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Chicago Latino Film Festival: 77 debuts and return of ‘Gloria’

“The Eternal Night Twelve Moons” documents traditions Colombia.  |   PhoCourtesy International Latino Cultural Center Chicago

“The Eternal Night of Twelve Moons” documents traditions in Colombia. | Photo Courtesy International Latino Cultural Center of Chicago

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When: Through April 17

Where: AMC River East 21, 322 E. Illinois

Tickets: $12 (discounts and 12-film passes available)

Info: (312) 431-1330;

Updated: May 5, 2014 7:48AM

The 30th Chicago Latino Film Festival salutes the stellar Paulina Garcia. Pepe Vargas, the fest’s founder and executive director, will bestow upon this Chilean actress the Gloria Achievement Award at the closing night gala on April 16.

The name of the annual award coincides with the title of her outstanding film “Gloria,” which screened here in February.

The festival brings back “Gloria,” Chile’s entry for best foreign language film, on April 17. The fest’s 77 other features are all Chicago premieres and will screen at the AMC River East 21.

A new sidebar of older films, called Latino Oscar, shows at the Gene Siskel Film Center, 164 N. State, where tickets are $11 (member discounts apply). Coming from countries represented in the festival, each of these 11 films were nominated for best foreign language film between 1960 and 2009. Five nominees — from Argentina and Spain — won Oscars.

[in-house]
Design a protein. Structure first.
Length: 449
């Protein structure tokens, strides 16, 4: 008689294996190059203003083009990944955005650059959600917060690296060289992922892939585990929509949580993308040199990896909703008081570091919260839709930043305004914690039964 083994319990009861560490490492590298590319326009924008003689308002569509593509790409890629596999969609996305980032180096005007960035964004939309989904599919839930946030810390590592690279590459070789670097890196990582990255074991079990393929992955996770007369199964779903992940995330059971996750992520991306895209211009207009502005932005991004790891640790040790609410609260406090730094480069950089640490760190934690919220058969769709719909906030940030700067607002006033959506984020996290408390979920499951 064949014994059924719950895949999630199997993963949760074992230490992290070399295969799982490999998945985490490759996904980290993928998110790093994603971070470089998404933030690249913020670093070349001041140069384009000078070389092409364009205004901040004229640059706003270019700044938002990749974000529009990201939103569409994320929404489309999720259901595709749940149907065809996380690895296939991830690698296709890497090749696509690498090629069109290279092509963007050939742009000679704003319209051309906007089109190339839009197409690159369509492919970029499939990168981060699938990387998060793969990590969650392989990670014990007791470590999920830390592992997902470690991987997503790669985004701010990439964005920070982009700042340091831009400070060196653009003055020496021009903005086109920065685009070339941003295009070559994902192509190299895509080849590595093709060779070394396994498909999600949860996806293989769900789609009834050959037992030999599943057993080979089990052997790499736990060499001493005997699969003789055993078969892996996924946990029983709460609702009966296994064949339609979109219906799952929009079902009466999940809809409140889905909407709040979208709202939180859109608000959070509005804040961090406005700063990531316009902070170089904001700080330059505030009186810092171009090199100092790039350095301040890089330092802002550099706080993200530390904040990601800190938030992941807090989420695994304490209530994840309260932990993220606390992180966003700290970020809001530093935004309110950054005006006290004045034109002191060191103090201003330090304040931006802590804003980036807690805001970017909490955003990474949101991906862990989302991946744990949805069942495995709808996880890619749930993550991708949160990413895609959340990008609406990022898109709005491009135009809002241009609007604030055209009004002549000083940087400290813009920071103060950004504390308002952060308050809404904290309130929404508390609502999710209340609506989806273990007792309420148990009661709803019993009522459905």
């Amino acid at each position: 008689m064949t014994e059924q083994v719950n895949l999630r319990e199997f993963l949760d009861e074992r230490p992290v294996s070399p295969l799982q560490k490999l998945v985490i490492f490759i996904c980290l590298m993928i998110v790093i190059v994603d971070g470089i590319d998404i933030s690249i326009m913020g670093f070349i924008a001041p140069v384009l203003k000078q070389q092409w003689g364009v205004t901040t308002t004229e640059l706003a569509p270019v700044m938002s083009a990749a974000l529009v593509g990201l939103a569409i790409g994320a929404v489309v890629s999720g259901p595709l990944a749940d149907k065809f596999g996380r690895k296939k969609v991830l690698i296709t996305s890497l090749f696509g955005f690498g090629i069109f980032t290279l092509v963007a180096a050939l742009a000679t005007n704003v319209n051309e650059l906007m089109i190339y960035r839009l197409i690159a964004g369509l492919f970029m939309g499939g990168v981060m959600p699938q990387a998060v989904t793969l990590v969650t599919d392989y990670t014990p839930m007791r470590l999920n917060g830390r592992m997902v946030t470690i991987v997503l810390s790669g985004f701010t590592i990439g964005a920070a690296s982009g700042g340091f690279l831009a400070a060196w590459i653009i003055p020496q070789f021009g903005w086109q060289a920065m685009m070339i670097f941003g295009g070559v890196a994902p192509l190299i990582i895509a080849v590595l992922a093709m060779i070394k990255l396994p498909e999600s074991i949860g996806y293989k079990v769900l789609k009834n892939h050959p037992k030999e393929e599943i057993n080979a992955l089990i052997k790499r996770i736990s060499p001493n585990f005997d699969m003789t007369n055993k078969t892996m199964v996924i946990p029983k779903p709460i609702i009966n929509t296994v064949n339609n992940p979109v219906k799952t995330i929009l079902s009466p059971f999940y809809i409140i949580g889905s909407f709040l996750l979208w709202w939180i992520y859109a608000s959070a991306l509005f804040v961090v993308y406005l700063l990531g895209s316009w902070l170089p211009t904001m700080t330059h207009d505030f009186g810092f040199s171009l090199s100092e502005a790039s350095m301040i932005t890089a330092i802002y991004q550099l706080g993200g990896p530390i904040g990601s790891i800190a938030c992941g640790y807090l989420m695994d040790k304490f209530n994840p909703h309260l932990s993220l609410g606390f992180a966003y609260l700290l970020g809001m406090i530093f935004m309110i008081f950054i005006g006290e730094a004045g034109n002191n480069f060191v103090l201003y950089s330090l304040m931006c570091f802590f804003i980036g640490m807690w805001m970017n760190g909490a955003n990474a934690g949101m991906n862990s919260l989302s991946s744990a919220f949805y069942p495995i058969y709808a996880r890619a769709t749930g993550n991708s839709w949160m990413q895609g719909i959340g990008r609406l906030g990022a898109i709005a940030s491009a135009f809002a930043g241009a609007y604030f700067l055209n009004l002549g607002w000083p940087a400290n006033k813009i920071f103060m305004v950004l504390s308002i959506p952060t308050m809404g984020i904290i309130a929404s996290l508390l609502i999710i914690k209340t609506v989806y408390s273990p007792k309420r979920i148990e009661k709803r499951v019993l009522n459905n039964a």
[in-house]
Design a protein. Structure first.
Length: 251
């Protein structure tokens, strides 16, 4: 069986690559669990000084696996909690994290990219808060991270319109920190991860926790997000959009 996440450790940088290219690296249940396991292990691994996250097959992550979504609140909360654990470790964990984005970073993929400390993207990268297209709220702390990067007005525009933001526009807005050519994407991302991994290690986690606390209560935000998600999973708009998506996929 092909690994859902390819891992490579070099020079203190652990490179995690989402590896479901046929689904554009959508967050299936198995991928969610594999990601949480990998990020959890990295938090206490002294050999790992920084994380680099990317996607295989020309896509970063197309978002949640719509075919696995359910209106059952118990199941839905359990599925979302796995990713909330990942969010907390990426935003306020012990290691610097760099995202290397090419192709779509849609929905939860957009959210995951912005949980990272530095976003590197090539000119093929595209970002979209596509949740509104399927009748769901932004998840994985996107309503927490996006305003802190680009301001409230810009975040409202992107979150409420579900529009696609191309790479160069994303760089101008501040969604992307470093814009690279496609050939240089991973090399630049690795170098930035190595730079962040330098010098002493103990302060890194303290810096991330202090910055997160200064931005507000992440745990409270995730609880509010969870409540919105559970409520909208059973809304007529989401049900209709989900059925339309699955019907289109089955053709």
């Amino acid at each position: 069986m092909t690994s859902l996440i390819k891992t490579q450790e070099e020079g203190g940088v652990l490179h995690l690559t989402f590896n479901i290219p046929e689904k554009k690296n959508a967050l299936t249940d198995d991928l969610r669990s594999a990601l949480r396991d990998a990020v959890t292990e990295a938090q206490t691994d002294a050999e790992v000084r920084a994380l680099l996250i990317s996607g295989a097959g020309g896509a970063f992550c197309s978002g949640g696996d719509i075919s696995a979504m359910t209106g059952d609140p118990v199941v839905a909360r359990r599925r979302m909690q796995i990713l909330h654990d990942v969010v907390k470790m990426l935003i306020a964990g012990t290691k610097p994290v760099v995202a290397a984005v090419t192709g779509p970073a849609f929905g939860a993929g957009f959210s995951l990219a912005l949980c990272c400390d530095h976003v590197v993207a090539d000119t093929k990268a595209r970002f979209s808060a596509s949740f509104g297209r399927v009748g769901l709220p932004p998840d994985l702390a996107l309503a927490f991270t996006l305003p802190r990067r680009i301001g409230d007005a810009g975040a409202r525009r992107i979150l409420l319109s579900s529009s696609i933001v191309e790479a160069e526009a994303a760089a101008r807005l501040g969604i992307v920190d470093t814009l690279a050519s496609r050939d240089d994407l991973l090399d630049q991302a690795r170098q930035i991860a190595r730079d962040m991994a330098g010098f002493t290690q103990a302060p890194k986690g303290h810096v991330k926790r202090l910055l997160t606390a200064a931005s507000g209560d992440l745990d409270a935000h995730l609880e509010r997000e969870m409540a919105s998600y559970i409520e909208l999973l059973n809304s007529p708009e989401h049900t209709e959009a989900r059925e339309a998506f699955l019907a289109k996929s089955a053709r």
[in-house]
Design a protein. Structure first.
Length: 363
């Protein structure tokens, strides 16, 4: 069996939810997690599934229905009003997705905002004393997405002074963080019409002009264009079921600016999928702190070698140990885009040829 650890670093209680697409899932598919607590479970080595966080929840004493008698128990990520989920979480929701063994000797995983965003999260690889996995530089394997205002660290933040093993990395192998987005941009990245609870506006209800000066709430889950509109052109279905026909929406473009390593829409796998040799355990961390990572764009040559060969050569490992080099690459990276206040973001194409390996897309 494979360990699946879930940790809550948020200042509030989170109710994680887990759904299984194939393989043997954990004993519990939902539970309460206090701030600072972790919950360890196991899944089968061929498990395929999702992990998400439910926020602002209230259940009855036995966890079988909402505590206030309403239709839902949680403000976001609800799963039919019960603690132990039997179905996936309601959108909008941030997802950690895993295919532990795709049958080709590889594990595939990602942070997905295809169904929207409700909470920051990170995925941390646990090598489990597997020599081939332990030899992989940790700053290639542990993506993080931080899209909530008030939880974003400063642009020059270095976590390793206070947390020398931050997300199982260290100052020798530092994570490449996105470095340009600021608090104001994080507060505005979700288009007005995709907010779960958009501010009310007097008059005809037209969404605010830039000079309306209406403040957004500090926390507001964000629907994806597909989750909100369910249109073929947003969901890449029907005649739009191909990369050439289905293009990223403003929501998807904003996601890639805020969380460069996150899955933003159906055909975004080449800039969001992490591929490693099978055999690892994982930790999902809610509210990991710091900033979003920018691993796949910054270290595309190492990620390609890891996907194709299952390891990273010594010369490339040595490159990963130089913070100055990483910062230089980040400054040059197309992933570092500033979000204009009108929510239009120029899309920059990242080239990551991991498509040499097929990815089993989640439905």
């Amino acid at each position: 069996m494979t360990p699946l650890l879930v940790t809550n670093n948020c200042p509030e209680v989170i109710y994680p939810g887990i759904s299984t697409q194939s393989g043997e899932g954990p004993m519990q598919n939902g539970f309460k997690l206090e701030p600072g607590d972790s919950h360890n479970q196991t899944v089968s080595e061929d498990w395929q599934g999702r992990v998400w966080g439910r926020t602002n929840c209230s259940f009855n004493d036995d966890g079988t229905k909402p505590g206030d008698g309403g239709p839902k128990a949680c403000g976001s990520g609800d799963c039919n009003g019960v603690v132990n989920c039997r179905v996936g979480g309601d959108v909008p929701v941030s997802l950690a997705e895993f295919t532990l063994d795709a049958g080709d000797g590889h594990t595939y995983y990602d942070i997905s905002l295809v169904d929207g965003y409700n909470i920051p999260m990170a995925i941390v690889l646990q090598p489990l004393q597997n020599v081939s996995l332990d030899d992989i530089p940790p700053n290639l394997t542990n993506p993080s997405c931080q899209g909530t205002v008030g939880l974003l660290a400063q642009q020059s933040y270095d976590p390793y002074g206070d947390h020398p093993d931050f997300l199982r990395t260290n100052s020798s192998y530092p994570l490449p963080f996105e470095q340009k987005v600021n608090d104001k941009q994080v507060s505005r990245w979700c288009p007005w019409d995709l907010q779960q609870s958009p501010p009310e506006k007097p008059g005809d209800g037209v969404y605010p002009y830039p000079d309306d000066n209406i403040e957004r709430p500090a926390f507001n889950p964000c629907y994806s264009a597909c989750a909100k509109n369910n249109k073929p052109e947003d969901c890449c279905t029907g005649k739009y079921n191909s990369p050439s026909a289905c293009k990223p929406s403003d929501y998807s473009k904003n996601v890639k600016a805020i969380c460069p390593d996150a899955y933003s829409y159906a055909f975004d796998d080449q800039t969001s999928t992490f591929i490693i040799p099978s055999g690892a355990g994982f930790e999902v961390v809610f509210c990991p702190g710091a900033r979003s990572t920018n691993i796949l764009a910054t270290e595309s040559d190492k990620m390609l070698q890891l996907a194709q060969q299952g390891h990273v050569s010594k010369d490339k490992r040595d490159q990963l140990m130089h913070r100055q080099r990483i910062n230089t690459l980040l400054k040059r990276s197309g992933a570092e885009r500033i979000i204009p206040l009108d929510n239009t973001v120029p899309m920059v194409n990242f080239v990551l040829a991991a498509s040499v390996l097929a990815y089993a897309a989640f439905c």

Movies for Grownups is another sidebar. Co-sponsored by AARP, it highlights features of interest to older viewers.

Select capsules follow. All films are subtitled in English.


6:15 p.m. “Love’s Not What It Used to Be” (Spain): Gabriel Ochoa directs a nice-looking story of three couples of different ages and stages of kindling love. Physics and ophthalmology supply metaphors in this fine date movie. (Also, 7:30 p.m. Sunday.)

9:30 p.m. “Who Killed Bambi?” (Spain): Inspired by a Mexican film screened in 2006’s fest, this comedy of botched capers is good fun. Director Santi Amodeo injects clever reversals with a dose of peyote and a peevish cross-eyed taxi driver. (Also, 6 p.m. Sunday.)


7 p.m. “Illiterate” (Chile): Garcia plays another intriguing character on par with her Gloria. Director Moises Sepulveda, who is scheduled to attend this screening, relates how a young schoolteacher takes over her mother’s habit of reading the newspaper to an illiterate, irritable neighbor (Garcia). Literacy lessons bond the duo in this highly recommended drama with a brash jazz score by Cristobal Carvajal. (Also, 8:30 p.m. Sunday and 7:30 p.m. April 15.)

9:30 pm. “Tango Glories” (Argentina): The opening night film returns for a second screening sans reception. Hernan Findling and Oliver Kolker co-direct an audience-affectionate tale of an unappreciated psychiatrist figuring out why an elderly patient limits his utterances to the lyrics and titles of tango songs. Flashbacks and breakthroughs ensue with some zesty dance scenes.


6:30 p.m. “The Eternal Night of Twelve Moons” (Colombia): Priscila Padilla beautifully documents the Wayuu tradition of isolating a girl for a year as her rite of passage. She emerges as a woman for sale into marriage. The old ways appear to continue her confinement, but she decides upon an untraditional future. (Also, 6:15 pm Monday.)


8:45 p.m. “I Am From Chile” (Chile): Despite its billing in the closing night gala, Gonzalo Diaz’s likable drama screens again on the festival’s actual last day. A young man from Santiago lands in London and stays with his cool aunt Maria (Paulina Garcia), who rents rooms to Russian, Japanese and French youth trying to make less than legal livings. They all make a short film. Garcia is scheduled to attend.

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